5 Essential Features of a Rural Survival Retreat

My associates and I have recently been on the hunt for a quality acreage to be used as a survival retreat. Before we went looking around though we discussed a set of criteria that our potential retreat must cover. Some of you reading this right now might be thinking that this article is not for you since buying land is out of your budget, keep in mind though that the costs can be brought down if you pool cash in with a group (family/friends/like minded preppers). Also if you take a look around you’d be surprised by some of the great prices out there for undeveloped lots. The following is our list of must have features for any rural survival retreat. Keep these in mind when buying your next lot of land.

 

Survival Retreat

 

Adequate Distance from Large Population Centers: Cities require a tremendous amount of resources to feed/supply it’s population and so in the event that anything goes wrong with these supply lines (for even just a few days), and the resource flow is stopped, all hell will break loose. People will leave the cities en mass within days to find food in the surrounding areas (which are not equipped to feed them all) and they’ll slowly expand outward as far as their fuel will take them. To avoid the slaughterhouse of people fighting over scraps of food, you’ll need to be a good distance away from the center of any large metropolitan area. My colleagues and I all agree that an adequate distance will need to be however far a full tank and a half of gas will take you. Because gas stations will quickly run dry post collapse, you’ll need to either store fuel (and rotate it constantly) or have an unconventional/alternative mode of transportation that doesn’t require any of the common fuels. Your survival retreat will need to be outside of the range that the hordes of city dwellers will be able to drive to.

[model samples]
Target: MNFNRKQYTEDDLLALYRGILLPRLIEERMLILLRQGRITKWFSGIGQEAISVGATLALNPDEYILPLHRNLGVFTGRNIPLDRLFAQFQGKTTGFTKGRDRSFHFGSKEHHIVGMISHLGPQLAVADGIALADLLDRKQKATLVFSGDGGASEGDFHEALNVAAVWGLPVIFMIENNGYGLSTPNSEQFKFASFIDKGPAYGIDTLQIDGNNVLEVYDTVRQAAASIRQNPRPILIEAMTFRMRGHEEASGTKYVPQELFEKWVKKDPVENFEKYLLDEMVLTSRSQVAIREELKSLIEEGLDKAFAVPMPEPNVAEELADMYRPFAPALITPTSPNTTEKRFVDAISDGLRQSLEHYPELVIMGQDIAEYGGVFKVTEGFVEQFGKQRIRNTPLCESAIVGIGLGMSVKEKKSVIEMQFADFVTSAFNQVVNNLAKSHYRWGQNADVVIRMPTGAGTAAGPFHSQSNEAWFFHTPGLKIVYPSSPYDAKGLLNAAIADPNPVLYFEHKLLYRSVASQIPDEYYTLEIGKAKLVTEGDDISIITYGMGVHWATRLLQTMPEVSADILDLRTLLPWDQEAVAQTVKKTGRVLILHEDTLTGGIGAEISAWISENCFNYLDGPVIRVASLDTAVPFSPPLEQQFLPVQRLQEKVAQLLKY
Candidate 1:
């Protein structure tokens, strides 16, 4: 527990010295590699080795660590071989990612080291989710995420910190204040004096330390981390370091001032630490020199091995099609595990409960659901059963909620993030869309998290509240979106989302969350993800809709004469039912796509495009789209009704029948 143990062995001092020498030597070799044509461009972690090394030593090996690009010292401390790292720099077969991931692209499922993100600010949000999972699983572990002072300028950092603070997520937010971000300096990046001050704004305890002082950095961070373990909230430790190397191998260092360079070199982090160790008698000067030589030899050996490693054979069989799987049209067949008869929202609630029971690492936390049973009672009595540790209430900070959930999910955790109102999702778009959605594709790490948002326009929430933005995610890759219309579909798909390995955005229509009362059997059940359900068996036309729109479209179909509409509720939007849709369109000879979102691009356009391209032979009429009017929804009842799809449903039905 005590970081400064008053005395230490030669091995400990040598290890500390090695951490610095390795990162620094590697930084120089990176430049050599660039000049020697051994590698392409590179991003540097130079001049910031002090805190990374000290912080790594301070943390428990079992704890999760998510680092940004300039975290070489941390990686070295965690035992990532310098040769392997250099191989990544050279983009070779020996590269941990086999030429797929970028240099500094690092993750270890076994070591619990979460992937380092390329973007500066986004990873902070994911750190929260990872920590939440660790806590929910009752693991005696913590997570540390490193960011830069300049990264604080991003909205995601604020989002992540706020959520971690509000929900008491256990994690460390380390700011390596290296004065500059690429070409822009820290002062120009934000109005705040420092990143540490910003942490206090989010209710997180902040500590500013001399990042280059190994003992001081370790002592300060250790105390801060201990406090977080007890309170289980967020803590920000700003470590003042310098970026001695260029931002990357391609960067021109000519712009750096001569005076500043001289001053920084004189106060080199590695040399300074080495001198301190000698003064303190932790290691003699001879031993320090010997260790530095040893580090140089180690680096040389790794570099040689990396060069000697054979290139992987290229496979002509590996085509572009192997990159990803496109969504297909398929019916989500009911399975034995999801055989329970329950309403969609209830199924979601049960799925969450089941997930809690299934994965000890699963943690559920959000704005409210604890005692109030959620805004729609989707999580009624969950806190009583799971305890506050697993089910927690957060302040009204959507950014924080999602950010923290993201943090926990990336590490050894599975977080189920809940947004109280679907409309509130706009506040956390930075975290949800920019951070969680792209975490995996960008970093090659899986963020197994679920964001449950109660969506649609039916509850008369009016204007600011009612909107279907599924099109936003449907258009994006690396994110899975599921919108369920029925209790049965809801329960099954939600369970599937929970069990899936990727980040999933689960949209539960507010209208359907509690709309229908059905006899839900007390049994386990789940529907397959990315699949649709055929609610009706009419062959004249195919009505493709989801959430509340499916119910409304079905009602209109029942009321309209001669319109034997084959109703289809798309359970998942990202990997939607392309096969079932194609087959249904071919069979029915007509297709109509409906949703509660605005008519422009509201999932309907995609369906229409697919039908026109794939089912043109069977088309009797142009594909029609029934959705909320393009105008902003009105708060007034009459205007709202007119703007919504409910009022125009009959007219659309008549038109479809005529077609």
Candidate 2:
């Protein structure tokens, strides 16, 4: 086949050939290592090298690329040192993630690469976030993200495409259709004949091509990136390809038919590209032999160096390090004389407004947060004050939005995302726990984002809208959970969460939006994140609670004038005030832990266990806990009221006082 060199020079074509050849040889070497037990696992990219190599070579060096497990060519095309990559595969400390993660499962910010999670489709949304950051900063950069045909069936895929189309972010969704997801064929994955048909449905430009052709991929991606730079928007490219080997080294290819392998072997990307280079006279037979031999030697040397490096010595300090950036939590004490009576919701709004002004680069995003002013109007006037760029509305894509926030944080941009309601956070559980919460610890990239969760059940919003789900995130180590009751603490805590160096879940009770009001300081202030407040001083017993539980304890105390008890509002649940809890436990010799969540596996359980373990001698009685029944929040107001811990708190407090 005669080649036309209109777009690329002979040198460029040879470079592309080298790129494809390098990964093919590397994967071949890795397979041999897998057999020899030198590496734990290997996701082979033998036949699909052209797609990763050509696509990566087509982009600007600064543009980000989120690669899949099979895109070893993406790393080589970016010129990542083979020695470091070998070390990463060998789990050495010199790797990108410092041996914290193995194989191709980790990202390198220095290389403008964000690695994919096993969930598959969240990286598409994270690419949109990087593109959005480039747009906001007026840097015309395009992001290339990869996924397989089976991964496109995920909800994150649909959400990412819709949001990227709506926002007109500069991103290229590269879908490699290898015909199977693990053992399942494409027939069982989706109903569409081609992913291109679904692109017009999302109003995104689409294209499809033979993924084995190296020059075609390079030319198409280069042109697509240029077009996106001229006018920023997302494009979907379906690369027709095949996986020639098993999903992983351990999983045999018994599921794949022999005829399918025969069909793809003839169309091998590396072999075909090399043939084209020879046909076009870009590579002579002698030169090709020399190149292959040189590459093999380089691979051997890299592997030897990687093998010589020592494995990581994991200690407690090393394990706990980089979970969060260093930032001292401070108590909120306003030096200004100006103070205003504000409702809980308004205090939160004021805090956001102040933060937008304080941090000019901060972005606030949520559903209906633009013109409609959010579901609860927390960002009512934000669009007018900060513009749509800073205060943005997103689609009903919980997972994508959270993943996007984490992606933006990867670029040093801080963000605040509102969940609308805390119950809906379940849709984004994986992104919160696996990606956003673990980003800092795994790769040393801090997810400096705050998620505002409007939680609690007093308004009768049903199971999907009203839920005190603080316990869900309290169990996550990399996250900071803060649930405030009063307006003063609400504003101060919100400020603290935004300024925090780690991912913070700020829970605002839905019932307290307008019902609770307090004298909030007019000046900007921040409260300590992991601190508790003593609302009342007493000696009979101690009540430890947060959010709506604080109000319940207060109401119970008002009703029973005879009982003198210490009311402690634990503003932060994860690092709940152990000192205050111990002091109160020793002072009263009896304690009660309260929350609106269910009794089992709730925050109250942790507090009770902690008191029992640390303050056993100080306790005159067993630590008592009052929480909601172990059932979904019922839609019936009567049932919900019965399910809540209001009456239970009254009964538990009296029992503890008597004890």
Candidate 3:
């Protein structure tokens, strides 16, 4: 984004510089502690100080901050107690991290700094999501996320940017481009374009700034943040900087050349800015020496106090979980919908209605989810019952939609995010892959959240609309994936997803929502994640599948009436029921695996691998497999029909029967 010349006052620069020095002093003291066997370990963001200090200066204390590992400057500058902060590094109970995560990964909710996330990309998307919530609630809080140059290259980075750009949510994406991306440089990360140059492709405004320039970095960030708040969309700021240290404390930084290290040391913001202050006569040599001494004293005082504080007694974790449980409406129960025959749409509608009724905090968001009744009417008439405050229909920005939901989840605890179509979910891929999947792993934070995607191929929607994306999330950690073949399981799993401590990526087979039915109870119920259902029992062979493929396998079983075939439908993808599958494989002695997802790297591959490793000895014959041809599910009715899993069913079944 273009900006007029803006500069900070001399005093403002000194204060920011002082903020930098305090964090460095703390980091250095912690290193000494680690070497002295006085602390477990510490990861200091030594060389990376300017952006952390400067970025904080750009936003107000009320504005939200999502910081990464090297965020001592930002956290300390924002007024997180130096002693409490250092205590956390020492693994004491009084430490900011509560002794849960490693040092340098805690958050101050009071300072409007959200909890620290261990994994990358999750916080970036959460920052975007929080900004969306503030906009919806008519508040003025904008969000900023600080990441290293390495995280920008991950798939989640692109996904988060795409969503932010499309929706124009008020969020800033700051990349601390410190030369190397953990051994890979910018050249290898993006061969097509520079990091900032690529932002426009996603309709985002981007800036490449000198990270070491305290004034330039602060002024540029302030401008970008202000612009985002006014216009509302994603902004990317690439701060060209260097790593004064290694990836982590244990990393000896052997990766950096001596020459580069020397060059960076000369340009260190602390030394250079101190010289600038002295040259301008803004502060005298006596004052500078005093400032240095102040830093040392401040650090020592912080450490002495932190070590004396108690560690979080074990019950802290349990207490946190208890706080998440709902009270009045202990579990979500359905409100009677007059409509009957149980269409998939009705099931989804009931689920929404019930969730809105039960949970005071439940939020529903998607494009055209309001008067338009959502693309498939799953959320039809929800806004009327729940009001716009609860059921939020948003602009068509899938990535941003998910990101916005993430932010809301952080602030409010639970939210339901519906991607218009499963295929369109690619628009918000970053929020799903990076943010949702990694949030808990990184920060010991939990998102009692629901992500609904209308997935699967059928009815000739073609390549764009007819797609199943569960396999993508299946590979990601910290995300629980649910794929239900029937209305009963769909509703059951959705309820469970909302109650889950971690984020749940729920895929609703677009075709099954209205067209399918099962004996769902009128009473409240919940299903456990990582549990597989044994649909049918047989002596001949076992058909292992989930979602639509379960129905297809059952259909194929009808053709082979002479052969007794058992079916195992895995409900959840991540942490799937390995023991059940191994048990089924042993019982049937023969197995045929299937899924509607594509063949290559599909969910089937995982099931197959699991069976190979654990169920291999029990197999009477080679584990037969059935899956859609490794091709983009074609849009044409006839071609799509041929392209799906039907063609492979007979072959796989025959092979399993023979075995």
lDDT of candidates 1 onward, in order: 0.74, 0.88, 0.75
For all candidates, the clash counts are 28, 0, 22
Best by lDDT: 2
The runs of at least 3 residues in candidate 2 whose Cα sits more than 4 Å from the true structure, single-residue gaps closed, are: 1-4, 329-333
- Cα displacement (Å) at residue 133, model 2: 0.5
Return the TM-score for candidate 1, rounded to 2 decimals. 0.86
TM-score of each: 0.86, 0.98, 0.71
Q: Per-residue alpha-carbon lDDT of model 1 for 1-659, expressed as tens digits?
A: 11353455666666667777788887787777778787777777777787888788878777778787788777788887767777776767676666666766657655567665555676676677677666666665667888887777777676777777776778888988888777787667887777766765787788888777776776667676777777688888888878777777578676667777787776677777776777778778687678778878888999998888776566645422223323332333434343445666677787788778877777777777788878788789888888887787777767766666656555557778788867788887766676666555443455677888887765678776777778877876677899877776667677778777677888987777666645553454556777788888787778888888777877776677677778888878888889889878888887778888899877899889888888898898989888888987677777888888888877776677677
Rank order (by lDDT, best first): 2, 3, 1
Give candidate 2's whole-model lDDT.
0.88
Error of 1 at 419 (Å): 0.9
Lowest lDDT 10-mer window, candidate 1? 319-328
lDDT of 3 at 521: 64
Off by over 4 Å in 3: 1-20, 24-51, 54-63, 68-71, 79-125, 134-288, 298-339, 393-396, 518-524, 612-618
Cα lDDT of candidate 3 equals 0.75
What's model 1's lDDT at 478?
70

Multiple Shelters: Even though your survival retreat is further away from the city then city people will be able to get to, you’ll still very likely have invaders from either small nearby rural communities, or the few city people who’ve actually managed to get out that far. In either case, you’ll want multiple shelters/retreat shelters on your land in the event that your main shelter is at risk of being overrun. These secondary shelters could be underground bunkers, natural shelters that you’ve built prior, small shacks, or you could even rely on a supply cache that includes a tent (and weapons to take back your main shelter). Also keep in mind that the only way multiple shelters on a single property will work is if you have a variety of terrain and trees to hide in. Always have a contingency plan with redundancy.

 

Food Resources: This can encompass more than one type. You’ll want land that can be used to forage, farm or hunt for animals. The ideal survival retreat should contain a variety of ecosystems with many varieties of plants and animals (including insects) to help you survive. The soil should be healthy and adequate enough to grow the main food staples, and pastures for large animals will definitely be a bonus.

 

Water Resources: Ideally you will want your land attached to some form of fresh water. While sea water is great for fishing, it can’t be used for consumption. You will want to have access to a lake or fresh water river so you have something to drink. We’d also suggest having a well drilled (if that’s even an option on your property). Whether it’s the apocalypse or the power has simply gone out, access to water, will greatly increase your chances of survival.